So the Duke and Duchess of Cambridge have had a baby boy and named it George Alexander Louis. The name that was expected and, indeed, if you started working out all the possibilities - the only so-called 'royal' name that was really viable.
I wanted to see how their royal predecessors' name choice affected the popularity of the name. Are royal names copied? But for the recent generations of royals, the BBC got there first. Their graph is perfectly adequate and going from my title, it seems that Queen Elizabeth and Prince Philip were traditionalists, and Prince Charles and Princess Diana were trendsetters. By that, I mean that the names chosen by Elizabeth and Philip were already fairly popular when chosen by them, and did not increase substantially in popularity, despite being given the seal of approval. William and Henry - or Harry - however, grew in popularity following their births. You could say that Charles and Diana tapped into the zeitgeist of the age, or that they did set a trend.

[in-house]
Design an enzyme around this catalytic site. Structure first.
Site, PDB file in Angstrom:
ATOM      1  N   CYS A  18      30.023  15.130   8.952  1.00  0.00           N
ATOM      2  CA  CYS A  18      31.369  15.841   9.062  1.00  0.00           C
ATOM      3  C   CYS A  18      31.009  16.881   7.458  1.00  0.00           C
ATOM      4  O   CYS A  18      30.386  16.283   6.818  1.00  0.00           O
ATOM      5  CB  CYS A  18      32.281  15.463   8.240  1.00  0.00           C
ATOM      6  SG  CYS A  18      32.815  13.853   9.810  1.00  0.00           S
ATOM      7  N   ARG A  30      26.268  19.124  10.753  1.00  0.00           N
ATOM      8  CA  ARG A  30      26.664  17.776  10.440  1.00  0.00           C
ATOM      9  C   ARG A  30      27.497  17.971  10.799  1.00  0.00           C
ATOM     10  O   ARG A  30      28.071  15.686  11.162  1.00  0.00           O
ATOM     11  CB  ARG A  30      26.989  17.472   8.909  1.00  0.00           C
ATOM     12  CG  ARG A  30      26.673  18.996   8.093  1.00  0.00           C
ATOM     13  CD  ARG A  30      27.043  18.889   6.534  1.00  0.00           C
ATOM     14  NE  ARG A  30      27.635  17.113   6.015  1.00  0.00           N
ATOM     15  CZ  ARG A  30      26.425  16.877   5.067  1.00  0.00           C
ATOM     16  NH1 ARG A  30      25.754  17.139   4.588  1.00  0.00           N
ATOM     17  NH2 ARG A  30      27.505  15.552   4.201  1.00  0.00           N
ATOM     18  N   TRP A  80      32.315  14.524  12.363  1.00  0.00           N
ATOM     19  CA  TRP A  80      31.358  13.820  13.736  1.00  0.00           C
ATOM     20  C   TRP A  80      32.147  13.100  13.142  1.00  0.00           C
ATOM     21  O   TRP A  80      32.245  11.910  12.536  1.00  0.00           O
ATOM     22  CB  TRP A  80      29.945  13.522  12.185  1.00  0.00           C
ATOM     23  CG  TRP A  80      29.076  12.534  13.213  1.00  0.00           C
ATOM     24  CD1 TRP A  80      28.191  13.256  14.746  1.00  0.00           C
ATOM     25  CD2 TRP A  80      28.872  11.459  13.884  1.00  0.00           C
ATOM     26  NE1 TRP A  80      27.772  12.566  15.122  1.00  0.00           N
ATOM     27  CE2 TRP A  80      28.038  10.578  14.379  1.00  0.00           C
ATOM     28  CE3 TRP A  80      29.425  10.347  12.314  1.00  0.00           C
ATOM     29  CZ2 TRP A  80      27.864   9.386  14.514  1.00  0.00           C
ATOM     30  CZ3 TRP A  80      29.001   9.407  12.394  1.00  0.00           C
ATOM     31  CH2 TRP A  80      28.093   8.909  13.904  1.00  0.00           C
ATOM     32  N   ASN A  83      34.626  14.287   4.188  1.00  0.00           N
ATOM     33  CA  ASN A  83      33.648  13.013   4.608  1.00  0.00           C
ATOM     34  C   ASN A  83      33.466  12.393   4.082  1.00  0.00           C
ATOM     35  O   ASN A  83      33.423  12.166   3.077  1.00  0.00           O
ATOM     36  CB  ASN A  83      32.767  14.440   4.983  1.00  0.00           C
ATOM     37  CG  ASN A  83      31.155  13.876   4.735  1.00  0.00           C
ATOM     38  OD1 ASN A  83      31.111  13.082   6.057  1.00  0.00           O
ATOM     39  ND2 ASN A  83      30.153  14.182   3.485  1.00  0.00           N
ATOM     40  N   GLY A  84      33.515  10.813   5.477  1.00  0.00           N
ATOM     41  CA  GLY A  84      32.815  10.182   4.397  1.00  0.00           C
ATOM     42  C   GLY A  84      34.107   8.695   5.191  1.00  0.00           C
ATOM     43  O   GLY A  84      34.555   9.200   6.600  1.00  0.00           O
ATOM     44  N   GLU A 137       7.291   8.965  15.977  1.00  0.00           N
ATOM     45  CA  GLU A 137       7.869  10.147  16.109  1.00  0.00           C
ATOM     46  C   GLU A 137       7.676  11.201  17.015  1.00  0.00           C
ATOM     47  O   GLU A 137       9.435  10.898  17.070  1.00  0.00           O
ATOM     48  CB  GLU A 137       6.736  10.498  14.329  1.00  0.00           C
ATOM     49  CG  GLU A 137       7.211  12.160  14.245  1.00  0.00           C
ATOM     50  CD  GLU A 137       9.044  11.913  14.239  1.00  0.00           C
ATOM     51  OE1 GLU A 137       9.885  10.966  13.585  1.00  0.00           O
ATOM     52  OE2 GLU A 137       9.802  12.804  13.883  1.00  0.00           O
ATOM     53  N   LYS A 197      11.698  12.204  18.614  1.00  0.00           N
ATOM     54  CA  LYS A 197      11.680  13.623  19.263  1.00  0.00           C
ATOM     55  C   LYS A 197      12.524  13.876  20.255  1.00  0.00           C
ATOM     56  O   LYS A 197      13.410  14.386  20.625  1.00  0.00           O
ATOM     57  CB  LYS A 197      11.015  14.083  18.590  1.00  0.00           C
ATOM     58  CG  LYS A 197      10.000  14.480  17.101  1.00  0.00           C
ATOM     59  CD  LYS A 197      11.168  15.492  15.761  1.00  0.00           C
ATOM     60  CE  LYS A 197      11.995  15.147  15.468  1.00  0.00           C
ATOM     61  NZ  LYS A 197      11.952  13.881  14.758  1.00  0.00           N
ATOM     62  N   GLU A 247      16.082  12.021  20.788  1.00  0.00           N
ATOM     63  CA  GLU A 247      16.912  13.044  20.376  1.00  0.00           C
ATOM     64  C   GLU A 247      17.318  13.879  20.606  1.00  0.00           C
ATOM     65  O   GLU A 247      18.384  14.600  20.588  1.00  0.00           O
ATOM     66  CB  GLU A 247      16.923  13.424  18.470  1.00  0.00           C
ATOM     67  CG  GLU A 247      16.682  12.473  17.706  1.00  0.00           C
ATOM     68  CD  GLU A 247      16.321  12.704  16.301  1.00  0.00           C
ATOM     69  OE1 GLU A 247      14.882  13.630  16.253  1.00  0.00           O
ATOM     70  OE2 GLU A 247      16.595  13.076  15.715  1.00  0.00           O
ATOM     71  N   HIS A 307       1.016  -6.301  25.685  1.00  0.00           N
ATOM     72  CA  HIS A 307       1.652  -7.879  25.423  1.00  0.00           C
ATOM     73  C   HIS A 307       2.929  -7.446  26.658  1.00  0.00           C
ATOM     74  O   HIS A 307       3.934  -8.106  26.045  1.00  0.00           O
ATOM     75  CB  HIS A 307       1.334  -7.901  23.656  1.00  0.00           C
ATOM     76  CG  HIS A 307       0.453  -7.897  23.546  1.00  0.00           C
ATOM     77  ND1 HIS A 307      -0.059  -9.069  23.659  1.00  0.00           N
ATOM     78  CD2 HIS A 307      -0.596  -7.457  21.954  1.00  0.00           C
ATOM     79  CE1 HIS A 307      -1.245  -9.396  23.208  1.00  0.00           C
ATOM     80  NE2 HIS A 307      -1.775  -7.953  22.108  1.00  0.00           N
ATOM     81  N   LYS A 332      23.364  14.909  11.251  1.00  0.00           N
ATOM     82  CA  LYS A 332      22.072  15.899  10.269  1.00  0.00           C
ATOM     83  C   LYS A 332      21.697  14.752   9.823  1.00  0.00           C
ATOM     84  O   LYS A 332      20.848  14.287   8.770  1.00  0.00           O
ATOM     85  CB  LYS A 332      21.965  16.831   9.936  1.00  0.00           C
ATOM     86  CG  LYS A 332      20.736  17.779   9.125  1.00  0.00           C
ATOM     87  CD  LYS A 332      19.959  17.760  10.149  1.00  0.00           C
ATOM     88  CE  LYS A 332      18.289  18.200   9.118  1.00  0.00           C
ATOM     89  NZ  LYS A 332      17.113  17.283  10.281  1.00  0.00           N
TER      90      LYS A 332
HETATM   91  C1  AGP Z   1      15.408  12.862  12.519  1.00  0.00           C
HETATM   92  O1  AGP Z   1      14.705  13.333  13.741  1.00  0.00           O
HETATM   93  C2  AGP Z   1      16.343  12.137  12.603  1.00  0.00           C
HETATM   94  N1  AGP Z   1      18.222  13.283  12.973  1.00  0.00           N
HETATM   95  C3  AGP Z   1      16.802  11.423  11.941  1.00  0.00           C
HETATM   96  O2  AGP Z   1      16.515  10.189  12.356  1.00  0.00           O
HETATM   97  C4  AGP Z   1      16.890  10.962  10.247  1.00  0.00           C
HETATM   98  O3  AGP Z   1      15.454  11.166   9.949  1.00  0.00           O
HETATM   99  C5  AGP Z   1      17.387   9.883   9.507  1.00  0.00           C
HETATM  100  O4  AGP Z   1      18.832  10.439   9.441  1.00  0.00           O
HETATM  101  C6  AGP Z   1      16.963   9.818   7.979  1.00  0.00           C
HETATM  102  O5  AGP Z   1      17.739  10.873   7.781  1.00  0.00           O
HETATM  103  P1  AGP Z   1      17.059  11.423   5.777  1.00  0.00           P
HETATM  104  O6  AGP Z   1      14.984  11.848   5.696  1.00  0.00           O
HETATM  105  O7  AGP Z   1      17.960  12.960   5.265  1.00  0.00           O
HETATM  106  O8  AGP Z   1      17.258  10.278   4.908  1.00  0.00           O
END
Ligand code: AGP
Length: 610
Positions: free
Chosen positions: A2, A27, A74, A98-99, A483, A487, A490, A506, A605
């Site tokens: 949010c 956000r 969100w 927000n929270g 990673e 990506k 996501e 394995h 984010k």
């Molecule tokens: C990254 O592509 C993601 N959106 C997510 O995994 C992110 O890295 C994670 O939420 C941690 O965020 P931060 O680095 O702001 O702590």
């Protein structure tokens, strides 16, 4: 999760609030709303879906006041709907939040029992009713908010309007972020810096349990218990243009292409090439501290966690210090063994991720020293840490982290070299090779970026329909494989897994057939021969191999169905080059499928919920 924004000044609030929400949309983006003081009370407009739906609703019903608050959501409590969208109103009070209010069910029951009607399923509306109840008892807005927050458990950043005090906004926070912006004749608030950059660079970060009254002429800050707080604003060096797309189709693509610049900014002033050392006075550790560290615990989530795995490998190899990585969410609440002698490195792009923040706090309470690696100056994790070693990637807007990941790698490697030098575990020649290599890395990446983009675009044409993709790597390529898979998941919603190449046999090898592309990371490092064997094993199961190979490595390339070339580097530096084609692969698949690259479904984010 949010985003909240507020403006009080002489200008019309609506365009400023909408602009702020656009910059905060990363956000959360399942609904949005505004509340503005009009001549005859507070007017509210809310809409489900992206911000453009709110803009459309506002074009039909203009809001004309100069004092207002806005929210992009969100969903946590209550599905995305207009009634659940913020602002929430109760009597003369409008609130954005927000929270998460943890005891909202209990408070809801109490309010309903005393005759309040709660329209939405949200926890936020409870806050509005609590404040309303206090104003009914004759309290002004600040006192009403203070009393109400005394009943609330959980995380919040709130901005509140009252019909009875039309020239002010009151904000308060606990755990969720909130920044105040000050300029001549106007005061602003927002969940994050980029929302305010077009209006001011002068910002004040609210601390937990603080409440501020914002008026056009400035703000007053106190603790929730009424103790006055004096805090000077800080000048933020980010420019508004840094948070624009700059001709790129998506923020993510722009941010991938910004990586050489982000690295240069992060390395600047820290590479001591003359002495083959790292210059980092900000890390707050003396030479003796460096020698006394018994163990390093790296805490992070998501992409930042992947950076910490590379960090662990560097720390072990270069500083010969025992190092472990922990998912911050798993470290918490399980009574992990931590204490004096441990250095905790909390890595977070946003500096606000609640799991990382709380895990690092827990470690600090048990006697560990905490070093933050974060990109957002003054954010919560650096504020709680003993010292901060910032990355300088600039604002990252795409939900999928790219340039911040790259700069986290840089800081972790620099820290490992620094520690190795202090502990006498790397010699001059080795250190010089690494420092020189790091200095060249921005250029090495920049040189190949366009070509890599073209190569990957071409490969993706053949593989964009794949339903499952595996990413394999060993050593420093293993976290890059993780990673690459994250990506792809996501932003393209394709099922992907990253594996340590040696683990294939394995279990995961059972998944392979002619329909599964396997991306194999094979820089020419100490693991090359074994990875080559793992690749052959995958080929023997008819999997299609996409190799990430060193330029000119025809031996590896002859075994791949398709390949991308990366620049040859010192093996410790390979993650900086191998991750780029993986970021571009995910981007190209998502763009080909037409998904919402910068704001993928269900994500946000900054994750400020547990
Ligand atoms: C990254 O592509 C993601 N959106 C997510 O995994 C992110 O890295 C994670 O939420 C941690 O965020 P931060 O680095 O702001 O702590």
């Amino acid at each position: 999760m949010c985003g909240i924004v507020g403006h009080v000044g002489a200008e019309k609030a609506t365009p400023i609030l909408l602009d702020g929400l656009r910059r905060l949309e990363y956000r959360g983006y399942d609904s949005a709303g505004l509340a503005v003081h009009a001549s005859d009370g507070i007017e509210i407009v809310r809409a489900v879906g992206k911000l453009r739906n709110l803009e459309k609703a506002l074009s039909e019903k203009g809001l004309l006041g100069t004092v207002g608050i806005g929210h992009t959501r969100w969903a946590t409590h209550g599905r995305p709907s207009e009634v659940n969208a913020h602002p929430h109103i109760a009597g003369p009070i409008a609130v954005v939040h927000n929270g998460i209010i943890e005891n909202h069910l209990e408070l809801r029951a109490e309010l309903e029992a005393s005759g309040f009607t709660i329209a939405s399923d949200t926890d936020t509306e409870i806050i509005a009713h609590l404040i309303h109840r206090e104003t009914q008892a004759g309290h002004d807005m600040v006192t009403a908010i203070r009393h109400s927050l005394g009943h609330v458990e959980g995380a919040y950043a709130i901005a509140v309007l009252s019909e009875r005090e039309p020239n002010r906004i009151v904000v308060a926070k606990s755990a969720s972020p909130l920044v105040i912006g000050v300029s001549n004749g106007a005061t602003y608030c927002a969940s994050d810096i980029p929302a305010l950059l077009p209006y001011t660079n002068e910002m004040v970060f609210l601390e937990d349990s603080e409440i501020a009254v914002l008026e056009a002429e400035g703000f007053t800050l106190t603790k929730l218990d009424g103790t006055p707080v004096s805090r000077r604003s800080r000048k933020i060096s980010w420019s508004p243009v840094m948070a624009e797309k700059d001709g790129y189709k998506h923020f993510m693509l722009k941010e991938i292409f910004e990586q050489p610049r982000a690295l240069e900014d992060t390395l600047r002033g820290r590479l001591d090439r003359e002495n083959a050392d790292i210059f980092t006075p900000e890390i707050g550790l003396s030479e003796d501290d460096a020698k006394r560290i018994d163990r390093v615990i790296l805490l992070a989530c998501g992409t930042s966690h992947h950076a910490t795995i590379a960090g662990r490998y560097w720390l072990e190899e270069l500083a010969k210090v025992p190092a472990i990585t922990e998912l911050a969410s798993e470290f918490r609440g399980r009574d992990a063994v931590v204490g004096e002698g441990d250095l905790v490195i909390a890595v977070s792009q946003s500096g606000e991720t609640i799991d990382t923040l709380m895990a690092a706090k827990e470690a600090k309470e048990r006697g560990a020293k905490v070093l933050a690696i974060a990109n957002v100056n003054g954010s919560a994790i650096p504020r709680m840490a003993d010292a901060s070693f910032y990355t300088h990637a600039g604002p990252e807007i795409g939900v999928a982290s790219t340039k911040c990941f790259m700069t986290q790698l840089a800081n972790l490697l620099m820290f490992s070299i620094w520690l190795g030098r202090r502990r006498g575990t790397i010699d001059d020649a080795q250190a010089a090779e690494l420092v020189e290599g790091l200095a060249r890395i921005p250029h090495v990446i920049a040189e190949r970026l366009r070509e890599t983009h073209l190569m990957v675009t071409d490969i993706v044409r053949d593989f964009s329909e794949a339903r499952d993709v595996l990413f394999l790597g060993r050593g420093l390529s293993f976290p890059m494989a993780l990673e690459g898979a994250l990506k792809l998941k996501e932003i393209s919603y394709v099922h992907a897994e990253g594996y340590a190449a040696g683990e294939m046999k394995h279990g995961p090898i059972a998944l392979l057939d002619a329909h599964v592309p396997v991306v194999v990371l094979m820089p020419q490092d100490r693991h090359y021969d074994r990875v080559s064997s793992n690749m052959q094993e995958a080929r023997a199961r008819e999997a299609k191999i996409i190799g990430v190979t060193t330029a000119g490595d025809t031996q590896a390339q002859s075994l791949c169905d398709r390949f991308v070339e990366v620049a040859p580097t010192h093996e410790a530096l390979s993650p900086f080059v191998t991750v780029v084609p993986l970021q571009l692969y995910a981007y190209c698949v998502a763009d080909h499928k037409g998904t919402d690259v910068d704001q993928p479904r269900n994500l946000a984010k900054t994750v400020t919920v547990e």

To me, it seems clear that baby Prince George has a name that is traditional. It is yet to be seen whether the choice will be a trendsetter - it has risen in rank over the past ten years but decreased in the actual percentage of people who bear the name (see the ONS's Name Comparison tool and Anna Powell-Smith's England and Wales Baby Names visualisation site). If anything, at the moment, the Duke and Duchess of Cambridge seem to be trend-followers rather than trendsetters.
So the modern royals are traditionalists and trendsetters. How about Queen Victoria? I'd like to suggest that she was both, and a trailblazer as well.
I talk about where my data comes from at the end of the post.
Queen Victoria the Traditionalist
My data was gathered in the same method as my Victorian Smiths study, using FreeBMD to find out how many people with NAME X Smith (eg Victoria Smith) were born every five years from 1840 to 1910. In a new development for me, I then worked out how many Smiths in total were born for each five year period. From this, I worked out the percentage of, for example, Victorias born for each period. For example, 5 Victoria Smiths were born in Jan 1840-Dec 1844, out of 40783 Smiths total for that period, so 0.01% of children were named Victoria.
In the case of Victoria, Helena, Louise and Leopold, the numbers of children born with those names were very small. Please look at the scales at the side of the graphs.